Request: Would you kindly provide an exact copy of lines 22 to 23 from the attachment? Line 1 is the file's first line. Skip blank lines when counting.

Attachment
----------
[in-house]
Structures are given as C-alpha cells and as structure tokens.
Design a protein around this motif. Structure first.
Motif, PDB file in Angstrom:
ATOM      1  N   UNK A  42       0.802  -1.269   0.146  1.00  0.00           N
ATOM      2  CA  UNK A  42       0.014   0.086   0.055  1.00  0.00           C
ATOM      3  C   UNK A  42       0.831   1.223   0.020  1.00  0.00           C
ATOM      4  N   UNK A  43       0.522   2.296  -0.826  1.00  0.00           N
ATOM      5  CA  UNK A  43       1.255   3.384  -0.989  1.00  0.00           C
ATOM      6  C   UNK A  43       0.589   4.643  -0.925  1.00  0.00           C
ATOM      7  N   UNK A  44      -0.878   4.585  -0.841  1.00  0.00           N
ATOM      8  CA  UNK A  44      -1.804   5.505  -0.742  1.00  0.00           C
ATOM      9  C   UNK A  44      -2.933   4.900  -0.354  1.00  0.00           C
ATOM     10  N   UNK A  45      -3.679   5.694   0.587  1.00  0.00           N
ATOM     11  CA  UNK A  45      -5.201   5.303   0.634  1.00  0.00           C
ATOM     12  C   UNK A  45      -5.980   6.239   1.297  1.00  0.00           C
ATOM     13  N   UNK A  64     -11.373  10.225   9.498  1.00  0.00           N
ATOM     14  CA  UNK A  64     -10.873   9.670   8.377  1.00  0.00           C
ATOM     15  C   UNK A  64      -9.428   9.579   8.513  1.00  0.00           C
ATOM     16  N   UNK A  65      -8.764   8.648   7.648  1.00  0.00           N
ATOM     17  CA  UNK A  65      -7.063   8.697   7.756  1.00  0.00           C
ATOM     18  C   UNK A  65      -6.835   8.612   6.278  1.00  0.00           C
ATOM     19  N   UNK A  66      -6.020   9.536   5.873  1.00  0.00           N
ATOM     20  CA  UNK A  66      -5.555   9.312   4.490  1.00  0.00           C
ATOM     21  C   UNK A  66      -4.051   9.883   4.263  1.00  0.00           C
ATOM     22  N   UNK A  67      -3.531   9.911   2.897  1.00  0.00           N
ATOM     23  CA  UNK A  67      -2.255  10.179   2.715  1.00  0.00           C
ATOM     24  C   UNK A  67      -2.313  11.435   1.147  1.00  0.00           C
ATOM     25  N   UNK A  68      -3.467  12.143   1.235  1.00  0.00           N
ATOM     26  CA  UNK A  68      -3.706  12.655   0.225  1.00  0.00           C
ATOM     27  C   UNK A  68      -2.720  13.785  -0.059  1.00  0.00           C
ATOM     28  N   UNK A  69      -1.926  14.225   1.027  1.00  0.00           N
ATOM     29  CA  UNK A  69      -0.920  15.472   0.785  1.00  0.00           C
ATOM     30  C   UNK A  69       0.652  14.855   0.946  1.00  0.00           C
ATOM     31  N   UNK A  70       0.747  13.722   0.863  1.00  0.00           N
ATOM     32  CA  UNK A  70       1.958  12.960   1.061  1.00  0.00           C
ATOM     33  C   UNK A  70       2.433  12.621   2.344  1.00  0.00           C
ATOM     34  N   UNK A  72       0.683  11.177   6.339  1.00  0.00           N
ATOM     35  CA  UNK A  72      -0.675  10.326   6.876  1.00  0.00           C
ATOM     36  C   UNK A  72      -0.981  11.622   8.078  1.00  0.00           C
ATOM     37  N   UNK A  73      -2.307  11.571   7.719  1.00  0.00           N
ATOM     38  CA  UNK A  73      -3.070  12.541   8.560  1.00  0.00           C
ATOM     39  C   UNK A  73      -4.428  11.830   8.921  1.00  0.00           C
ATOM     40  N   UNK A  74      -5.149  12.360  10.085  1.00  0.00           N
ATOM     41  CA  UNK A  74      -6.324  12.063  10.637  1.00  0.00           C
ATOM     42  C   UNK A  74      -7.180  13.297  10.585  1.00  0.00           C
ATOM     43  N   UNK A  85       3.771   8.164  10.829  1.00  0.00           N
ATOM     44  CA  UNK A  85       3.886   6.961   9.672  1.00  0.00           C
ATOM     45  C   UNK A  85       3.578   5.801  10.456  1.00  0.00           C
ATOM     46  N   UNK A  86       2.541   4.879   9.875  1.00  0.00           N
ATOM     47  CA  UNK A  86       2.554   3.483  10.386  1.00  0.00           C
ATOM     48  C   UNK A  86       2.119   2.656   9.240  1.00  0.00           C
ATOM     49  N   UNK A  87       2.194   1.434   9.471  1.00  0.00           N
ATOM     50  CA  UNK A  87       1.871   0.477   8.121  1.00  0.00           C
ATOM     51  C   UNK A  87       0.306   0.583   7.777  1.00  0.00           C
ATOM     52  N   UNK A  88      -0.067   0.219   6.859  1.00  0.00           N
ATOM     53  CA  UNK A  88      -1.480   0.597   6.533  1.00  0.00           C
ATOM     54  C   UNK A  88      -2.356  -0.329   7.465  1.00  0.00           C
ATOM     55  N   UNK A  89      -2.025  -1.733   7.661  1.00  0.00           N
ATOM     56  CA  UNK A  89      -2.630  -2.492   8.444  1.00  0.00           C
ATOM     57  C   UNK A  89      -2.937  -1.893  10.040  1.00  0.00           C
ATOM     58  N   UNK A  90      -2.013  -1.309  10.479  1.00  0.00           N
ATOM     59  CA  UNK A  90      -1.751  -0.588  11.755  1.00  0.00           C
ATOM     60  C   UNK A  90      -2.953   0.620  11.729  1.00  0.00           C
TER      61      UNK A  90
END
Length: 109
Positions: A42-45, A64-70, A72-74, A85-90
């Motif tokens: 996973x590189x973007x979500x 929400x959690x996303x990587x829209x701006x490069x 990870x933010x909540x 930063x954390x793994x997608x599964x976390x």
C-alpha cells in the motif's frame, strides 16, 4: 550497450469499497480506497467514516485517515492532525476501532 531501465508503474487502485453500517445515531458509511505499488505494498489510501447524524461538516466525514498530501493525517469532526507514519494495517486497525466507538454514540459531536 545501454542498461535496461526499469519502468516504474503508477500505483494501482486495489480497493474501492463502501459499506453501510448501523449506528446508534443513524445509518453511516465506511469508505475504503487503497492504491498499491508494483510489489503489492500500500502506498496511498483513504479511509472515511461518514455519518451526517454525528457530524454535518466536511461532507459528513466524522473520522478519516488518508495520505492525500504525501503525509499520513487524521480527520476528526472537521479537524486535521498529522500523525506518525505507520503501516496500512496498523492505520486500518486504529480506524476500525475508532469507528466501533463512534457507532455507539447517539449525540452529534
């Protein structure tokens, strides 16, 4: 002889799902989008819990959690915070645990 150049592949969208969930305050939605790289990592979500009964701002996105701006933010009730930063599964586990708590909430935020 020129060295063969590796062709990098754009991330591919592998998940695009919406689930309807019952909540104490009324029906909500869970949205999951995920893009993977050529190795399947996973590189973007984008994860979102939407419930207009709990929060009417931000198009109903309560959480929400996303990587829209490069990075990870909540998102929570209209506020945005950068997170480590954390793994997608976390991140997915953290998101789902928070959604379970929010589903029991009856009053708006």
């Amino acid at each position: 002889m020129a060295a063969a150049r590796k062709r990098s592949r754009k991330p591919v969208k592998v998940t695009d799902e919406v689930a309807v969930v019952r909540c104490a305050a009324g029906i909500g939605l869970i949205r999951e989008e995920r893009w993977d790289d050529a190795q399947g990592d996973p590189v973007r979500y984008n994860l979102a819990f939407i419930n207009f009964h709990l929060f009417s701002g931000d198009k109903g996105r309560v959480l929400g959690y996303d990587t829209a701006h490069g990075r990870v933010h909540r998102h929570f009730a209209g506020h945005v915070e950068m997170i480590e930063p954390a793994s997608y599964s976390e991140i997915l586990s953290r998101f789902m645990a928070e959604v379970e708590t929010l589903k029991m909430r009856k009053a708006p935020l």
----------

ATOM     18  C   UNK A  65      -6.835   8.612   6.278  1.00  0.00           C
ATOM     19  N   UNK A  66      -6.020   9.536   5.873  1.00  0.00           N